The Government has announced the establishment of a new body to manage its shareholdings in semi-state companies. It has also set up a Strategic Investment Fund to invest money from the National Pensions Reserve Fund in the Irish economy.
NewEra will operate under the National Treasury Management Agency and will be headed by Dr Eileen Fitzpatrick, who is currently working with the National Pensions Reserve Fund.
Finance Minister Michael Noonan said NewEra would carry out corporate governance of behalf of the Government as a shareholder. Its remit covers ESB, Bord Gáis, EirGrid, Bord na Móna and Coillte.
It will review companies' investment plans and identify possible synergies between investment programmes of different state companies.
NewEra will advise on and oversee any restructuring of the companies, and will work with Public Expenditure & Reform Minister Brendan Howlin on the sale of assets.
The agency will initially operate under the NTMA, but will bring forward proposals on how to move towards becoming a holding company for the State's shares in commercial semi-states.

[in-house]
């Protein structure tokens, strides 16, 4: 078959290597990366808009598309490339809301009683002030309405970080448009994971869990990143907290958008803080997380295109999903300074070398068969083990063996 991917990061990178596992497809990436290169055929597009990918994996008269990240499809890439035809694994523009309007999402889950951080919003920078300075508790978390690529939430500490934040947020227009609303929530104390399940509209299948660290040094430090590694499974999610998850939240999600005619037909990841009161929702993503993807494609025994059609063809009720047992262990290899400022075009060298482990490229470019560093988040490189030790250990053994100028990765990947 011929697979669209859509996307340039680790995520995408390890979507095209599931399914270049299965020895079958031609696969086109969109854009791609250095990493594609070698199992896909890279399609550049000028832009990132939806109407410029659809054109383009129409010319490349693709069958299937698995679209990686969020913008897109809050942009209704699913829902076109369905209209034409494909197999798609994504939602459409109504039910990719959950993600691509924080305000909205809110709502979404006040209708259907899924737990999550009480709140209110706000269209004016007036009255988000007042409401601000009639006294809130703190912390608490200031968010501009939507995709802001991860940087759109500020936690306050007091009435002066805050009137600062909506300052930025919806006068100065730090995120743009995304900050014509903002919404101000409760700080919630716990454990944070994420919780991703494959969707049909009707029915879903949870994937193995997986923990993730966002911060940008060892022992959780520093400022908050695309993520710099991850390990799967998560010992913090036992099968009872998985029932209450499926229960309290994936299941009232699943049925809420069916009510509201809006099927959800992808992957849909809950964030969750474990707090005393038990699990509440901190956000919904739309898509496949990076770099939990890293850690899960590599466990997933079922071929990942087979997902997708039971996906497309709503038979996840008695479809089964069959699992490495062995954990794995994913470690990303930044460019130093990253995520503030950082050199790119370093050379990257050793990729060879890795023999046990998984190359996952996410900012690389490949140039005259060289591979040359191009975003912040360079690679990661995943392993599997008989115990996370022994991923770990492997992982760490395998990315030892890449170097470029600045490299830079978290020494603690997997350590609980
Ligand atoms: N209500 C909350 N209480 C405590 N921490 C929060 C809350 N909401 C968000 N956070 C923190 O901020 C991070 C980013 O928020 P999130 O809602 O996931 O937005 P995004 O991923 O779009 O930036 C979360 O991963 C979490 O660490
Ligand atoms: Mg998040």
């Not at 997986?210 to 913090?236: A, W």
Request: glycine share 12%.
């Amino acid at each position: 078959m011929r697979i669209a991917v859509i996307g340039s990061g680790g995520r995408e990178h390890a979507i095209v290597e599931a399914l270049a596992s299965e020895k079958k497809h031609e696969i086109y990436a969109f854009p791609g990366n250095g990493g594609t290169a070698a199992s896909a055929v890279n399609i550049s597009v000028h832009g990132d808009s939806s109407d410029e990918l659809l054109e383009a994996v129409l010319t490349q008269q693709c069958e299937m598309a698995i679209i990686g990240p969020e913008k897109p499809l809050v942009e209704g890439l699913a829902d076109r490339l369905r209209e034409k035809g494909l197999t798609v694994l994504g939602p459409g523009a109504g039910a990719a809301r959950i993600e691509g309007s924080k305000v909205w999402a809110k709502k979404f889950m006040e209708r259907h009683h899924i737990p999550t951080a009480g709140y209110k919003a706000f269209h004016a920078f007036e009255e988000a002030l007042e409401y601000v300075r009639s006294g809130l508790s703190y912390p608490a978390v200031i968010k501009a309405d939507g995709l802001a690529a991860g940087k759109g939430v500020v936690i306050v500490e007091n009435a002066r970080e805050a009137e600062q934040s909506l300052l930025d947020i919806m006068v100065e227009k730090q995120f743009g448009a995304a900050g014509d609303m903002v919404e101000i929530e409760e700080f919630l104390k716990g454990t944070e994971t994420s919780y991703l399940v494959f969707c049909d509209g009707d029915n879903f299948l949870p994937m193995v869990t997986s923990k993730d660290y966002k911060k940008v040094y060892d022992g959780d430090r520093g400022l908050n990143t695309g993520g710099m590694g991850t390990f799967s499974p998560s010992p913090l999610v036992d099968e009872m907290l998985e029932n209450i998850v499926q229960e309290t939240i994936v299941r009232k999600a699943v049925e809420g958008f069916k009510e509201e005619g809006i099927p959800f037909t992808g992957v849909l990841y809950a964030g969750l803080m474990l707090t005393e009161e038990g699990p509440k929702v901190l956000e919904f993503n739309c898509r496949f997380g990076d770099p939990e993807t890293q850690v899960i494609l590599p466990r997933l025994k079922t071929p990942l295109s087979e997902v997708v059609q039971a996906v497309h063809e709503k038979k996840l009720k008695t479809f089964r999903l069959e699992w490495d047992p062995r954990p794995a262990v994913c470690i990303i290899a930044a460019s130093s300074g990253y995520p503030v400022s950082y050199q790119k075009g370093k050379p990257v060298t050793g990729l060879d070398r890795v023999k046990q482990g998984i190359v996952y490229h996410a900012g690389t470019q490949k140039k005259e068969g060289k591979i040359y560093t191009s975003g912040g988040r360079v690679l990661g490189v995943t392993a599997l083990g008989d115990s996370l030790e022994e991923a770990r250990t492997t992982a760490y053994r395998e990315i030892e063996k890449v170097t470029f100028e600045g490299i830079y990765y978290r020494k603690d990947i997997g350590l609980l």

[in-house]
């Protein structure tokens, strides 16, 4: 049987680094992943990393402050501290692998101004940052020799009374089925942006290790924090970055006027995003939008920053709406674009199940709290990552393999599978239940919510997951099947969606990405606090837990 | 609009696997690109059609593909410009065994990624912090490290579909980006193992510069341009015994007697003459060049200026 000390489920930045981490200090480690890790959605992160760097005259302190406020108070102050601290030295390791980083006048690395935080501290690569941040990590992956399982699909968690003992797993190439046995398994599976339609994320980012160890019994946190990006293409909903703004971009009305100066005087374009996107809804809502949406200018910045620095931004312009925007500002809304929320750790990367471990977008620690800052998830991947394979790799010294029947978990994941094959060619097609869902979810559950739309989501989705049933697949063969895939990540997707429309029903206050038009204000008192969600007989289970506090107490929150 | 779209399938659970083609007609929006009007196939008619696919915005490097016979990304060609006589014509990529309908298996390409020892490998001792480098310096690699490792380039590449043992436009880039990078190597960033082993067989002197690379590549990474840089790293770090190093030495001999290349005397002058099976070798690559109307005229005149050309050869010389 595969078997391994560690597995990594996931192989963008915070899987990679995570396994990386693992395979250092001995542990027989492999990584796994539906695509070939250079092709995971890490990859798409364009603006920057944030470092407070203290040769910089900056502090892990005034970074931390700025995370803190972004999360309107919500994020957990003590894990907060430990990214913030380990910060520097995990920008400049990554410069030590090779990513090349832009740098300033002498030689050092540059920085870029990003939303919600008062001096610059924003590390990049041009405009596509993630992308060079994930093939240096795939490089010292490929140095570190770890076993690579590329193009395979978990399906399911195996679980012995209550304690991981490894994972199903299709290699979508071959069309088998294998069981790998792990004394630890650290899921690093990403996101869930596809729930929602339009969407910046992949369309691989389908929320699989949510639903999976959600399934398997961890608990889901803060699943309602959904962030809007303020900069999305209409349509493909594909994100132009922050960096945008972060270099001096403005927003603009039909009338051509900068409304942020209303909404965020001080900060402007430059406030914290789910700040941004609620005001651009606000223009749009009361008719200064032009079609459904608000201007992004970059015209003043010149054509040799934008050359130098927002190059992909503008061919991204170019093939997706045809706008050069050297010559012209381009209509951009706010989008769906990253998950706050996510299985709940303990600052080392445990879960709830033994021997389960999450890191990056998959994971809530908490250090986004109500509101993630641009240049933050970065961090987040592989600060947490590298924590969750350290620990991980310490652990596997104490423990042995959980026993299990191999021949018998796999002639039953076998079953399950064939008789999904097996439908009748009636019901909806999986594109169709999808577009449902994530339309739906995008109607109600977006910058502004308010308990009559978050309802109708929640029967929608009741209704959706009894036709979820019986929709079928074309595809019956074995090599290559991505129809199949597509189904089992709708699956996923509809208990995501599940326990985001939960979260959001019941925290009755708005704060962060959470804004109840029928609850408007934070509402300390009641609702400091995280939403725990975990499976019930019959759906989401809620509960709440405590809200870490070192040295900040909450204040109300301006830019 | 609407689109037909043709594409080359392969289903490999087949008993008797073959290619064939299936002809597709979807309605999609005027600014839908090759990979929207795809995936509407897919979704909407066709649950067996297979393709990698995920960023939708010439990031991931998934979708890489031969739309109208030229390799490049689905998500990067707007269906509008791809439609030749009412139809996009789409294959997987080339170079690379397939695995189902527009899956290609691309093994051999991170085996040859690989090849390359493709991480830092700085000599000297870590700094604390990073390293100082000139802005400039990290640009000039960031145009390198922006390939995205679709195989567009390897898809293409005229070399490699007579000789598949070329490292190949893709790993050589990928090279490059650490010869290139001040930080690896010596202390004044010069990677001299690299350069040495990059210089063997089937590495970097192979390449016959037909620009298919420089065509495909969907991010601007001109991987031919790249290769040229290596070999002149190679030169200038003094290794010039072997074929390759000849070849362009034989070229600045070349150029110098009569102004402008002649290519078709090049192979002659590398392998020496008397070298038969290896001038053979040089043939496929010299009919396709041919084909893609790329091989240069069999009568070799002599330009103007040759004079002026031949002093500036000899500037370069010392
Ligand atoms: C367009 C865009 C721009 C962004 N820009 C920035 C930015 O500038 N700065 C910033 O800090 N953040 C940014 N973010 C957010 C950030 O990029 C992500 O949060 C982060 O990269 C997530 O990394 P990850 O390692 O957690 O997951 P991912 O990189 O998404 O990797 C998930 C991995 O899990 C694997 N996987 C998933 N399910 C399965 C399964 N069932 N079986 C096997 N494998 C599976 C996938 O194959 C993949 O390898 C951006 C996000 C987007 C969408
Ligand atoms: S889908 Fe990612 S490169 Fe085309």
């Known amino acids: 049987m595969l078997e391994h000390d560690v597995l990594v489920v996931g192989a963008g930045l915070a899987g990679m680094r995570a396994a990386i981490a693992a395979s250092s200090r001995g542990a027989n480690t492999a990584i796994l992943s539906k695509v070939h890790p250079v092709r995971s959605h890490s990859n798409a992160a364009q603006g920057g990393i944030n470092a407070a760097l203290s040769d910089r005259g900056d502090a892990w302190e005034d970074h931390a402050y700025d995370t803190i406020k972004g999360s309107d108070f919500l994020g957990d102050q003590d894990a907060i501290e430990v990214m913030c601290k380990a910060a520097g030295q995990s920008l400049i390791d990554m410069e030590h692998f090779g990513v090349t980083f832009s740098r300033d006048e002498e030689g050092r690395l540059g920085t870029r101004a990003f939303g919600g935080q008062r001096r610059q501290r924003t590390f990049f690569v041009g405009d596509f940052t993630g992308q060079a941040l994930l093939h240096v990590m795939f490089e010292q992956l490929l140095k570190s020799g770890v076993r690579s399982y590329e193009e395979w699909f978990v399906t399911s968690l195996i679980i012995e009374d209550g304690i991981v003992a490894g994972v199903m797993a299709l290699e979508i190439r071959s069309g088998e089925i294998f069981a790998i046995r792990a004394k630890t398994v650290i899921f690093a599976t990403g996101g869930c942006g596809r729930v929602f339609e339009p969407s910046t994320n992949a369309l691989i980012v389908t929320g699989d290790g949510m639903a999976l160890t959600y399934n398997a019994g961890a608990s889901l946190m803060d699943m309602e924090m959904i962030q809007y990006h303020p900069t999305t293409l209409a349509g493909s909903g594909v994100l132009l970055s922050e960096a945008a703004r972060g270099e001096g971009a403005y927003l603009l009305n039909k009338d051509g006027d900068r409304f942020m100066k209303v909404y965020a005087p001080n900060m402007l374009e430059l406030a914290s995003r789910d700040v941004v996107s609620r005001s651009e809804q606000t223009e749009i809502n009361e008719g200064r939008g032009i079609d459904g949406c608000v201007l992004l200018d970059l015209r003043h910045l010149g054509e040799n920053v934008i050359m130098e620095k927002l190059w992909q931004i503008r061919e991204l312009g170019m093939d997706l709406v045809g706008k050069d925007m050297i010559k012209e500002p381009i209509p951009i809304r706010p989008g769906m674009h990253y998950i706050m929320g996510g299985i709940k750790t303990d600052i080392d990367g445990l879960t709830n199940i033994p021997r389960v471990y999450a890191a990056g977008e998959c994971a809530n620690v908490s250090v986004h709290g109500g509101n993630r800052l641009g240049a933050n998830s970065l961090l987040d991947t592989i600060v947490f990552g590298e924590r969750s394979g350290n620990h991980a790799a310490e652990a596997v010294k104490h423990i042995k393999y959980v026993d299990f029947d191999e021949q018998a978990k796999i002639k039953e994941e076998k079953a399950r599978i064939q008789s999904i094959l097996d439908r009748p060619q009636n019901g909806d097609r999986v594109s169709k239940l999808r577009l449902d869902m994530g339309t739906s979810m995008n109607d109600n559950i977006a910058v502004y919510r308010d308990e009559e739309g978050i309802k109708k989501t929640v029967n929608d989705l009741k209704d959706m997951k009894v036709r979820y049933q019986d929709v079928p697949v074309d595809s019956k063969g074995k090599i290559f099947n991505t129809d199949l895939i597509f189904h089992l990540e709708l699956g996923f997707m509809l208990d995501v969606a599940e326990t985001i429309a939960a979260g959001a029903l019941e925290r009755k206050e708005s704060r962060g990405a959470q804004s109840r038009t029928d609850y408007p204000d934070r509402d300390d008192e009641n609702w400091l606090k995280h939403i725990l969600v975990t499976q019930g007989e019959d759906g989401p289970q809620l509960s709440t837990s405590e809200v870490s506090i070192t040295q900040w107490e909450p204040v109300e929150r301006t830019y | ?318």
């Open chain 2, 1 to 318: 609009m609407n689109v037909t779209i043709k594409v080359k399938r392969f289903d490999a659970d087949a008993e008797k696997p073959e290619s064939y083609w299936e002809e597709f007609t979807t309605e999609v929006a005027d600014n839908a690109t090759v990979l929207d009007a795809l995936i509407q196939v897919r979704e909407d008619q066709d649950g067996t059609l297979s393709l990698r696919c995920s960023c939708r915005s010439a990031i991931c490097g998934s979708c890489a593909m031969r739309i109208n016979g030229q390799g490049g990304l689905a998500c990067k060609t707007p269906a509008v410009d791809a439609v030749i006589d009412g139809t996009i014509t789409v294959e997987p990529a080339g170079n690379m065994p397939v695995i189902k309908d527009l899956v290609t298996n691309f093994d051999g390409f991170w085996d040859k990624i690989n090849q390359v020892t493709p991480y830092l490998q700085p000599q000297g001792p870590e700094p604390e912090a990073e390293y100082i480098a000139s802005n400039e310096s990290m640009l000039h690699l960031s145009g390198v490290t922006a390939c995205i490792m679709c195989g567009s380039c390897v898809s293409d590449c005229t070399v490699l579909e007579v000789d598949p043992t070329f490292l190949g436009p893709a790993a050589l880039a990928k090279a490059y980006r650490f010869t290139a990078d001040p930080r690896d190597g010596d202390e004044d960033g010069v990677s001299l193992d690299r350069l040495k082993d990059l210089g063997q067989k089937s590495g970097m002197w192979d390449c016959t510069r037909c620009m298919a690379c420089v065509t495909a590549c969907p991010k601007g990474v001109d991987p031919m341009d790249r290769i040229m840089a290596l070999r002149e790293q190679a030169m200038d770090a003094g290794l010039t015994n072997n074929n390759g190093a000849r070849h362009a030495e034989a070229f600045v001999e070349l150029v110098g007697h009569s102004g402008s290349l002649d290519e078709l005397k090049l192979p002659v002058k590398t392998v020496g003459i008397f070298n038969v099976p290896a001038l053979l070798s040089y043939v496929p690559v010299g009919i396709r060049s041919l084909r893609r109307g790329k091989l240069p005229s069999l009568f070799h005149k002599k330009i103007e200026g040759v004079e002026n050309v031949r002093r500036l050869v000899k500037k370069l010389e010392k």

Minister Howlin said the Strategic Investment Fund would be a forerunner of a Strategic Investment Bank. He said that, as well as channelling money from the NPRF in important areas of the economy, such as energy and broadband, it would seek matching funds from private investors.
Minister Howlin's department is looking at options for the sale of State assets. He said NewEra would advise him on valuations of these assets and the best way of selling them.
Fine Gael's Fergus O'Dowd will be the Minister of State responsible for NewEra.
'No agreement' on €5 billion sale figure
Minister Howlin said the Government had not taken any decision to sell off state assets other than a minority stake in the integrated ESB.
Asked about suggestions that the Government might sell off state assets worth up to E5 billion, Mr Howlin said there was no such agreement. He said the Government had removed a figure from the last Memorandum of Understanding which now refers to an "ambitious" sale process.
He said ministers had indicated to the IMF/EU/ECB troika that they wanted to move away from the previous agreement that all sale proceeds be used to pay down debt, because they wanted to develop a growth strategy.
The Minister said he firmly believed that the Government would have a "ready ear" from the troika if they could be persuaded that the money would be well spent.